Eigen  3.3.90 (mercurial changeset 560a7b0734d8) Inplace matrix decompositions

Starting from Eigen 3.3, the LU, Cholesky, and QR decompositions can operate inplace, that is, directly within the given input matrix. This feature is especially useful when dealing with huge matrices, and or when the available memory is very limited (embedded systems).

To this end, the respective decomposition class must be instantiated with a Ref<> matrix type, and the decomposition object must be constructed with the input matrix as argument. As an example, let us consider an inplace LU decomposition with partial pivoting.

Let's start with the basic inclusions, and declaration of a 2x2 matrix `A:`

codeoutput
#include <iostream>
#include <Eigen/Dense>
using namespace std;
using namespace Eigen;
int main()
{
MatrixXd A(2,2);
A << 2, -1, 1, 3;
cout << "Here is the input matrix A before decomposition:\n" << A << endl;
Here is the input matrix A before decomposition:
2 -1
1 3

No surprise here! Then, let's declare our inplace LU object `lu`, and check the content of the matrix `A:`

 PartialPivLU > lu(A); cout << "Here is the input matrix A after decomposition:\n" << A << endl; Here is the input matrix A after decomposition: 2 -10.5 3.5

Here, the `lu` object computes and stores the `L` and `U` factors within the memory held by the matrix `A`. The coefficients of `A` have thus been destroyed during the factorization, and replaced by the L and U factors as one can verify:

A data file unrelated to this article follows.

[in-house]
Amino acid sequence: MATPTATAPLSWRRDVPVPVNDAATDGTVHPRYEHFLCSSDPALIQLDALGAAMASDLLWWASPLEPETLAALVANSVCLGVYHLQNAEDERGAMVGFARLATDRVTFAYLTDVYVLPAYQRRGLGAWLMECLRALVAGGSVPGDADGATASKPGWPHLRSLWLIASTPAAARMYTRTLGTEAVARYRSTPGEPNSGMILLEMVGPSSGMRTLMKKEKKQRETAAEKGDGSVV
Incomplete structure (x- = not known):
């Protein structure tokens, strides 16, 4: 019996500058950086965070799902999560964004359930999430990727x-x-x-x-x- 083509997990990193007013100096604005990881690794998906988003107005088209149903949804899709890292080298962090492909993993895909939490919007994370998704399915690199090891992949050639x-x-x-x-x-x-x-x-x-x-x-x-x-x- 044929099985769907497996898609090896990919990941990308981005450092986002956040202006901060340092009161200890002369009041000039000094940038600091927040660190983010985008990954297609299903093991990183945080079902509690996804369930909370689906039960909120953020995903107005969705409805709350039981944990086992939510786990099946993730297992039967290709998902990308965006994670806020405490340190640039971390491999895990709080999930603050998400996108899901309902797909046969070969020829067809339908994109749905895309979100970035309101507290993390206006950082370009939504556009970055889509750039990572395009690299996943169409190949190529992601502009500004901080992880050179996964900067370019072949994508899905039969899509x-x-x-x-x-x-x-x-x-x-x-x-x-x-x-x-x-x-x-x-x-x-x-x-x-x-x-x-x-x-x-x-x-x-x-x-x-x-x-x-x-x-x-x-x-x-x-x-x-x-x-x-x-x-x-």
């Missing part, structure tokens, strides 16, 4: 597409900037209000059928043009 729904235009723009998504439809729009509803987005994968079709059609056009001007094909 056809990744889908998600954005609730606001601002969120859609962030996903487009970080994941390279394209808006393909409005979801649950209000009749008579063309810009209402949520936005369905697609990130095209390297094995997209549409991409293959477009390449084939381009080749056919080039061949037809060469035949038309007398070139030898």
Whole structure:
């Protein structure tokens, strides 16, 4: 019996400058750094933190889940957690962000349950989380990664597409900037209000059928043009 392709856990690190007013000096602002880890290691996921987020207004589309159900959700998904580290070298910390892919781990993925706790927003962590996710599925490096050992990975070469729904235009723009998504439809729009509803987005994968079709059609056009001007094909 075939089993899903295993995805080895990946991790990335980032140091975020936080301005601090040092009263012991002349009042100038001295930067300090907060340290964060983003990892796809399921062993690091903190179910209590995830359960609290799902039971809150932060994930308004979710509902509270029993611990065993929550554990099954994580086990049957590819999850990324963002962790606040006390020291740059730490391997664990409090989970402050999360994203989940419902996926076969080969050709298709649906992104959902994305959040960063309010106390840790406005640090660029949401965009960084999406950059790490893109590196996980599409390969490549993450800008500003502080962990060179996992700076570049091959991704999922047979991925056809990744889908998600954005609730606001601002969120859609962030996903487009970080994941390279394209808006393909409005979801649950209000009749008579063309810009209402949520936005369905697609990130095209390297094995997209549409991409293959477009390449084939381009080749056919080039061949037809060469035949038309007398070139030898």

cout << "Here is the matrix storing the L and U factors:\n" << lu.matrixLU() << endl; Here is the matrix storing the L and U factors: 2 -10.5 3.5

Then, one can use the `lu` object as usual, for instance to solve the Ax=b problem:

 MatrixXd A0(2,2); A0 << 2, -1, 1, 3; VectorXd b(2); b << 1, 2; VectorXd x = lu.solve(b); cout << "Residual: " << (A0 * x - b).norm() << endl; Residual: 0

Here, since the content of the original matrix `A` has been lost, we had to declared a new matrix `A0` to verify the result.

Since the memory is shared between `A` and `lu`, modifying the matrix `A` will make `lu` invalid. This can easily be verified by modifying the content of `A` and trying to solve the initial problem again:

 A << 3, 4, -2, 1; x = lu.solve(b); cout << "Residual: " << (A0 * x - b).norm() << endl; Residual: 15.8114

Note that there is no shared pointer under the hood, it is the responsibility of the user to keep the input matrix `A` in life as long as `lu` is living.

If one wants to update the factorization with the modified A, one has to call the compute method as usual:

 A0 = A; // save A lu.compute(A); x = lu.solve(b); cout << "Residual: " << (A0 * x - b).norm() << endl; Residual: 0

Note that calling compute does not change the memory which is referenced by the `lu` object. Therefore, if the compute method is called with another matrix `A1` different than `A`, then the content of `A1` won't be modified. This is still the content of `A` that will be used to store the L and U factors of the matrix `A1`. This can easily be verified as follows:

 MatrixXd A1(2,2); A1 << 5,-2,3,4; lu.compute(A1); cout << "Here is the input matrix A1 after decomposition:\n" << A1 << endl; Here is the input matrix A1 after decomposition: 5 -2 3 4

The matrix `A1` is unchanged, and one can thus solve A1*x=b, and directly check the residual without any copy of `A1:`

 x = lu.solve(b); cout << "Residual: " << (A1 * x - b).norm() << endl; Residual: 2.48253e-16

Here is the list of matrix decompositions supporting this inplace mechanism: